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Looking at Iridology

Let me tell you a story. Once upon a time, a young Hungarian boy, Ignatz Pecely was attacked by an owl.

Let me tell you a story. Once upon a time, a young Hungarian boy, Ignatz Pecely was attacked by an owl. A fight ensued and as Ignatz managed not only to fend off the attacker but to break its leg. Probably feeling somewhat remorseful, he took the bird home so that it could be restored to health. When he looked into the eye of his captive he noted something that apparently surprised him. He saw a dark stripe in the colored part of the bird's eye that surrounds the pupil, and somehow from this surmised that it was a consequence of the broken leg. As the leg healed, Ignatz claimed the black stripe eventually became a tiny black spot, surrounded by white lines. The iris, he suggested, was therefore a window into health of the body. Sounds like a pretty good fairy tale, doesn't it. Except for the fact that this tale has given rise to the bizarre practice of iridology, or iris diagnosis.

Pecely went on to become a physician and based upon his experience with the owl specialized in looking into the eyes of his patients. He produced numerous charts linking the properties of the iris to various organs and claimed that patterns in the iris mirrored "imbalances" in those organs. This puffery was popularized in the U.S. by Bernard Jensen, a chiropractor. No surprise there. He produced books and charts of all kinds to diagnose medical conditions. But he never produced any proof that this silliness had any merit. Neither has anyone else come up with any supporting data. And they have tried. In a classic case, Jensen and two other iridologists were given photographs of 143 people, 48 of who had been diagnosed with kidney ailments to see whether they could identify the patients with kidney problems. The experiment was chosen because iridologists routinely claim to be able to do this. All three failed miserably. Numerous other such studies have had the same outcome.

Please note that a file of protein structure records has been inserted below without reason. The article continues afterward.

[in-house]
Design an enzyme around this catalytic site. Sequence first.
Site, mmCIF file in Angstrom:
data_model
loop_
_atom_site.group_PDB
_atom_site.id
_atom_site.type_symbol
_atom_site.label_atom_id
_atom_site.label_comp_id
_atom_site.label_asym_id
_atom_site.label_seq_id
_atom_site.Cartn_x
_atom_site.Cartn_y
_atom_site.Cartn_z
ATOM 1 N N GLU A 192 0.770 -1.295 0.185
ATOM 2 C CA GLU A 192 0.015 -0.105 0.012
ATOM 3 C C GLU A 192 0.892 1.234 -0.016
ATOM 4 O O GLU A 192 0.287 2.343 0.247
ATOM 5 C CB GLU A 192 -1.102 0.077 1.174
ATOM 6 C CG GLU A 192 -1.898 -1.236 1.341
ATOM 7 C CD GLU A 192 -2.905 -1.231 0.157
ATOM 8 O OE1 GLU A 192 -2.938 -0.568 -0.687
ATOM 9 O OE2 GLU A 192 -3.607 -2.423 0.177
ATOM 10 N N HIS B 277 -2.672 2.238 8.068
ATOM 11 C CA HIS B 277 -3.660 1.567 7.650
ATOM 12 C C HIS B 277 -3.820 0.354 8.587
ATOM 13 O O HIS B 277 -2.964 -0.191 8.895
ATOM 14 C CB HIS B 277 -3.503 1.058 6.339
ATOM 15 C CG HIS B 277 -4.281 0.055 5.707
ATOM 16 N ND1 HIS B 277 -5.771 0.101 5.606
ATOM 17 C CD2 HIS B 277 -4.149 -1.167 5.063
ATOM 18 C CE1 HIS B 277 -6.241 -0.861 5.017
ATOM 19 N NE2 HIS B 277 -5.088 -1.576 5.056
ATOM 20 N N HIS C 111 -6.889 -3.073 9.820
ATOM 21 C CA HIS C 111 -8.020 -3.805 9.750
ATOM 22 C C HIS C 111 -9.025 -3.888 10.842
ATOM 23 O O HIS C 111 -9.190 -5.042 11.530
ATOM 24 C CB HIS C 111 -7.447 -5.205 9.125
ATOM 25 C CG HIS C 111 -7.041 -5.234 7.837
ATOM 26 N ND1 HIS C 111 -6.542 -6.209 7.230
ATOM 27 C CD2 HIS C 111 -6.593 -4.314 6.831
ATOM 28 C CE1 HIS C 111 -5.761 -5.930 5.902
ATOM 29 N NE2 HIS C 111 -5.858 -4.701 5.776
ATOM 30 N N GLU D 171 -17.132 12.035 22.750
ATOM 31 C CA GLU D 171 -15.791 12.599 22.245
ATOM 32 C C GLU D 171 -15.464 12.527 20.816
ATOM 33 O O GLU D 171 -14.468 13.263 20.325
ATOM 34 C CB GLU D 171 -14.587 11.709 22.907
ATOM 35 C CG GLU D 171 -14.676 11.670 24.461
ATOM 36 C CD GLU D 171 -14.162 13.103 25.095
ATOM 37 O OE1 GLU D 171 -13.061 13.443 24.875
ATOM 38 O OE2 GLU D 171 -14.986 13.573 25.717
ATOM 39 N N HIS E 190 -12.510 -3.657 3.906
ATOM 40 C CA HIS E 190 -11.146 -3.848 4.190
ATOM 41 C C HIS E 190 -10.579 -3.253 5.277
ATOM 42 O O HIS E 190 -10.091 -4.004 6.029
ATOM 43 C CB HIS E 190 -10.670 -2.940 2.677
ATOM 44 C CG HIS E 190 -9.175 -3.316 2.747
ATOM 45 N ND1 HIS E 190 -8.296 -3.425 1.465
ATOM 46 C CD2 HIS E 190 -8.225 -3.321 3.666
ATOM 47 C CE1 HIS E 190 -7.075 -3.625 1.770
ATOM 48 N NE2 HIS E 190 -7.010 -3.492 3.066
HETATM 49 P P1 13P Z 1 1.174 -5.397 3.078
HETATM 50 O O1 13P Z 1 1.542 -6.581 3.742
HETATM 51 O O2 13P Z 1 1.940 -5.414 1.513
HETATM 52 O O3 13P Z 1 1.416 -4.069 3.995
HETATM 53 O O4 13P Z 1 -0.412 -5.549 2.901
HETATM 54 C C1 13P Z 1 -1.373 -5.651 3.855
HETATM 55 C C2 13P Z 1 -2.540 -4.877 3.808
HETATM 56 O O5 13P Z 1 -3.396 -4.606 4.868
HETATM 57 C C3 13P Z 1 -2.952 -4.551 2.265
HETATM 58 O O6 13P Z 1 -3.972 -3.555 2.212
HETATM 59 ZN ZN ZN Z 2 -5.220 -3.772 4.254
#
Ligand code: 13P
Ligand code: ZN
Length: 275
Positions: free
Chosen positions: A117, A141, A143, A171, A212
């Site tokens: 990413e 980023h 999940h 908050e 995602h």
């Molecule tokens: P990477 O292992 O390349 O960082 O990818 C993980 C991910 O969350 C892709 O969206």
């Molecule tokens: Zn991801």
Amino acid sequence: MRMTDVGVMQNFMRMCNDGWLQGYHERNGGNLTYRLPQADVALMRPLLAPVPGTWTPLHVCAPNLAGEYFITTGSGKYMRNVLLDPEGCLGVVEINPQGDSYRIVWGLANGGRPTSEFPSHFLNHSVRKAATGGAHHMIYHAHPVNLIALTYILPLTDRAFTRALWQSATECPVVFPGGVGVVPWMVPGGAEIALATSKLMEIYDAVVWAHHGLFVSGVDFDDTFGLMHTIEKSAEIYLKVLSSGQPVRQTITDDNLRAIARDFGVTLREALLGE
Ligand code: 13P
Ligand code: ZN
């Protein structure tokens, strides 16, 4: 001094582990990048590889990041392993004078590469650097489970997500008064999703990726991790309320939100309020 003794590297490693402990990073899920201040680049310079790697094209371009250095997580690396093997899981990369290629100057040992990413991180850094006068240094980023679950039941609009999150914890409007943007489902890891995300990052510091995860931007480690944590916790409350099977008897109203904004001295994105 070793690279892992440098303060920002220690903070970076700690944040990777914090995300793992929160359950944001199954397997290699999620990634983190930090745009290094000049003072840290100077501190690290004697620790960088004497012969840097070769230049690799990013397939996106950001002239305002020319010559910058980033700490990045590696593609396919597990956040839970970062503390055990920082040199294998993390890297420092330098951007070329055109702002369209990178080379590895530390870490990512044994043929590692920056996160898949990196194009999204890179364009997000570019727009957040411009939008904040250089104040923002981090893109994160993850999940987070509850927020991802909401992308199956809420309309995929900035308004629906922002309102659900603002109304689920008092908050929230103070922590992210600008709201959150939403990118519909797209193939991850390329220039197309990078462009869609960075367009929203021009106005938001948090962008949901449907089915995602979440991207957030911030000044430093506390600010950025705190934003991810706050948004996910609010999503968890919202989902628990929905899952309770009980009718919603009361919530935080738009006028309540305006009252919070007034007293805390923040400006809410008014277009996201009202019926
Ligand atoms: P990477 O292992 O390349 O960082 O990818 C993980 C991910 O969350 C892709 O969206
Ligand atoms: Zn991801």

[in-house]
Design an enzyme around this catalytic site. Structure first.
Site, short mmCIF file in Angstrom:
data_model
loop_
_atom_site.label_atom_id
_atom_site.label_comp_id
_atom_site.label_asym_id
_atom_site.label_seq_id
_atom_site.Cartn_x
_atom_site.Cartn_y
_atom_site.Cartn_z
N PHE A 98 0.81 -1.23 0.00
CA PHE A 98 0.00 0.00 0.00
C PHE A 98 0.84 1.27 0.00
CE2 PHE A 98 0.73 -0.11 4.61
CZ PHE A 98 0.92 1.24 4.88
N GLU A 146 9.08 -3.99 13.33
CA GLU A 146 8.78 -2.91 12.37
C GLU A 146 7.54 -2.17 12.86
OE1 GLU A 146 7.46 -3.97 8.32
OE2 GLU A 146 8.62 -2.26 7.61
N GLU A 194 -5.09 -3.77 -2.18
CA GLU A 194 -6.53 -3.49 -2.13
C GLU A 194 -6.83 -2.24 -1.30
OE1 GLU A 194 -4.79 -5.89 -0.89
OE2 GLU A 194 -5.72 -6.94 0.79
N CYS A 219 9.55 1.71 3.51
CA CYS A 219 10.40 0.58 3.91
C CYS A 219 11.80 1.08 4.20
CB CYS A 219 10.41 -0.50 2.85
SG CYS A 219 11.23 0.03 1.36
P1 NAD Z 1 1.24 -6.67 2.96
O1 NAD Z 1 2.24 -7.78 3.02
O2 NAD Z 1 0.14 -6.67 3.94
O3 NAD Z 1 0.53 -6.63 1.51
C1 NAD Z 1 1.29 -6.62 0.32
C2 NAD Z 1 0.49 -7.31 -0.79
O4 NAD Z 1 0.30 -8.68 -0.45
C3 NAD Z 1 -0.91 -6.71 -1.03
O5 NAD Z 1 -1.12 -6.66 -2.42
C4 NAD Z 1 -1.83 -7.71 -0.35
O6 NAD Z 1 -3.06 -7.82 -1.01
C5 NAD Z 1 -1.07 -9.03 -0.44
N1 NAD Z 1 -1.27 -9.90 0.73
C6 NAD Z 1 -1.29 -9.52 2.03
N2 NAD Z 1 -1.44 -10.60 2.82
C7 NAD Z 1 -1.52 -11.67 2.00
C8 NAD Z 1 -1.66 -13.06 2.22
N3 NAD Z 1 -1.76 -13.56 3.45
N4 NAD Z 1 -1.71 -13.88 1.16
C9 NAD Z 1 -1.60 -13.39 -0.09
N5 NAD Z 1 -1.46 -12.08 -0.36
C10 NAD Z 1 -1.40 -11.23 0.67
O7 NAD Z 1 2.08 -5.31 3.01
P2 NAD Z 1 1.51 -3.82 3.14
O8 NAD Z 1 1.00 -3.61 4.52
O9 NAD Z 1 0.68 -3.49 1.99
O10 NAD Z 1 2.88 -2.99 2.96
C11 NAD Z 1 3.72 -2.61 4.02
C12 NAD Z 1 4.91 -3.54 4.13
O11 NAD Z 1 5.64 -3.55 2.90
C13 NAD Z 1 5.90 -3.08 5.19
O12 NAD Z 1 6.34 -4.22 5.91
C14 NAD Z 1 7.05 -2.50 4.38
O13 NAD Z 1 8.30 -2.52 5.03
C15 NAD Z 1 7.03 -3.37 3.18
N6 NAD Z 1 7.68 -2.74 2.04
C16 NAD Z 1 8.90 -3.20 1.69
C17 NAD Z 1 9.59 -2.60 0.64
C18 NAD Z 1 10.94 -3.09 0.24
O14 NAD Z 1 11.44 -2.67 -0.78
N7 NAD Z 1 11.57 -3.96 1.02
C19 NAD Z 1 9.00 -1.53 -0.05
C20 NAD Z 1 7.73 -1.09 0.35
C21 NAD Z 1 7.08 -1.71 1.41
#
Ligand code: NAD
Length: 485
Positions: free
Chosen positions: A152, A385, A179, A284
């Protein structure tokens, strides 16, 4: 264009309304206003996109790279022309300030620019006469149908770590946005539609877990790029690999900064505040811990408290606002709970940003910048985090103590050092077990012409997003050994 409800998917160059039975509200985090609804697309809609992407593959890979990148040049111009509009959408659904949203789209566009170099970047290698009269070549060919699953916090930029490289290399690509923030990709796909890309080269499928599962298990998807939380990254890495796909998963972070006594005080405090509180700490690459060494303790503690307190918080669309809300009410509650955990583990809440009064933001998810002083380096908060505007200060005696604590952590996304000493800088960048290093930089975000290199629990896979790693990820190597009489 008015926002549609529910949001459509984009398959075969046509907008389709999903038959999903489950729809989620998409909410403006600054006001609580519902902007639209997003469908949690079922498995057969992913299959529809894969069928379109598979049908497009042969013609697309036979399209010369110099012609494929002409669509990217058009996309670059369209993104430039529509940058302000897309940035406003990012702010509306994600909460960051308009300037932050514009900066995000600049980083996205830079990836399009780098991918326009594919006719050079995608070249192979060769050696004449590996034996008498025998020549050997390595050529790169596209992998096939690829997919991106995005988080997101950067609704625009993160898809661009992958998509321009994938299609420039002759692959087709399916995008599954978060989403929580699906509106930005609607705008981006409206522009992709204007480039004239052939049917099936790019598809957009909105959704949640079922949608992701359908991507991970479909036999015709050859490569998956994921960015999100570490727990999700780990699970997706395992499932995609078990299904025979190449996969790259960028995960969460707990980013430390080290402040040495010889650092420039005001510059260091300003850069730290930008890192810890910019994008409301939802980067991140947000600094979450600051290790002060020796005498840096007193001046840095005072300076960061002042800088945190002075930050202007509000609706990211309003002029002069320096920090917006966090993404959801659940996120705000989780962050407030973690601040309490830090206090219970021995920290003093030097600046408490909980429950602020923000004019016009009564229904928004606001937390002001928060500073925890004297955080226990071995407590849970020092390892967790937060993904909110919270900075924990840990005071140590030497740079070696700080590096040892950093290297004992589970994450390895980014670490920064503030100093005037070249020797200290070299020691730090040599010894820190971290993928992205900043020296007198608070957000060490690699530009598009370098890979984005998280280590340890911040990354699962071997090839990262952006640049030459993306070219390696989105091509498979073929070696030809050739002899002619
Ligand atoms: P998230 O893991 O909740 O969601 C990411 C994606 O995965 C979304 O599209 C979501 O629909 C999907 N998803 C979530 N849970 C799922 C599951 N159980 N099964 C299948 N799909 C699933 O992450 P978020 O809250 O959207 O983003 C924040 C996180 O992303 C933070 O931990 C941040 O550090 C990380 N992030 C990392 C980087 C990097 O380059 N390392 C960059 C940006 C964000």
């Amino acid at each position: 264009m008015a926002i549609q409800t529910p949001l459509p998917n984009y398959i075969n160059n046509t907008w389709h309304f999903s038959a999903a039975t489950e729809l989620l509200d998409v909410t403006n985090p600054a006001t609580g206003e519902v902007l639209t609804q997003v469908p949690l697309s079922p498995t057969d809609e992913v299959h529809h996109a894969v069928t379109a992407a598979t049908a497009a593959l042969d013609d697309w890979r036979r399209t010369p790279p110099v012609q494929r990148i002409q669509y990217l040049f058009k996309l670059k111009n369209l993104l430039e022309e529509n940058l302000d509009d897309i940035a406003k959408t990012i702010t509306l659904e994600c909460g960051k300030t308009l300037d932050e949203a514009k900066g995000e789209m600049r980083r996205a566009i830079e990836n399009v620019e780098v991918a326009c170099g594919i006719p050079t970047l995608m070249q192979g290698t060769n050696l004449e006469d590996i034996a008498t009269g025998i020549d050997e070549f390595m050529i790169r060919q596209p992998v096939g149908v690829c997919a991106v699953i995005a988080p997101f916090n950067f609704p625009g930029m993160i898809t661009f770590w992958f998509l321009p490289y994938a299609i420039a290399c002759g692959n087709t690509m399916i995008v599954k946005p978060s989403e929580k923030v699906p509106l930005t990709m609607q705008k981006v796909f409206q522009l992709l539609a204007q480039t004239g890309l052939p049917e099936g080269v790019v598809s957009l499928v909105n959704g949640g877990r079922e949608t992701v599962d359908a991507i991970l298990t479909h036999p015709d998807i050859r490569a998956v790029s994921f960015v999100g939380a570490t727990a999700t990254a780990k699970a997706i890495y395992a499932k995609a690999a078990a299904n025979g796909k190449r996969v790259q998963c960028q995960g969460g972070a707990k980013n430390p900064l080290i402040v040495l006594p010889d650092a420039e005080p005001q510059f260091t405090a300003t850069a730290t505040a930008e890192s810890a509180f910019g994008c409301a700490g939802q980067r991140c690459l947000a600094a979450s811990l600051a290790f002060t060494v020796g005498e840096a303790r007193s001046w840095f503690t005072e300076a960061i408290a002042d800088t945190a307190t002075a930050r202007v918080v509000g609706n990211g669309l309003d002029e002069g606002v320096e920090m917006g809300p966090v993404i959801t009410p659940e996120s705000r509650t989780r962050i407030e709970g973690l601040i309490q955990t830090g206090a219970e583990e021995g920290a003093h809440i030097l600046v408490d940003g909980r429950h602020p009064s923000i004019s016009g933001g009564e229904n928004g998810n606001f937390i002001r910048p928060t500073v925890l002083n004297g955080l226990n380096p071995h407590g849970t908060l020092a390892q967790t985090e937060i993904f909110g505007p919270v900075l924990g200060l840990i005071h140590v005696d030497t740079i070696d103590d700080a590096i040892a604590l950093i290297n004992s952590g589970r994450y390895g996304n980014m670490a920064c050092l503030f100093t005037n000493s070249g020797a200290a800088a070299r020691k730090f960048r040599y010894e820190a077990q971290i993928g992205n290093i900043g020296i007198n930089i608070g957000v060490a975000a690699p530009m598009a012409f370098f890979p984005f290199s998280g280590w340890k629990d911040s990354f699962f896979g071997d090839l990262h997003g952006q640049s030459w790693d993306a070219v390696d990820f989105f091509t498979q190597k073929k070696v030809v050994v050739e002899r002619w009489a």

In a study at the University of California at Berkley, 3 iridologists and 10 optometry students who had been instructed in the techniques of iridology were shown color slides of the iris of 30 patients who had some sort of orthopedic trauma to the leg or arm along with pictures of the eyes of 30 matched subjects with no history of such trauma. Although many iridologists were asked to take part in the study, only three volunteered. Again, no surprise here. By not taking part they avoided the embarrassment that the three volunteers experienced. They were totally unable to match the irises to the broken bones. Just how many failed experiments do we need before we can pile iridology on the medical junk heap? Also, you should understand that this is not only benign nonsense. A clean bill of health from an iridologist may prevent diagnosis of an existing ailment and some sort of false diagnosis can scare people unnecessarily. But what can you expect from a practice based on a young boy looking into the eyes of an injured owl. Iridology is for the birds!


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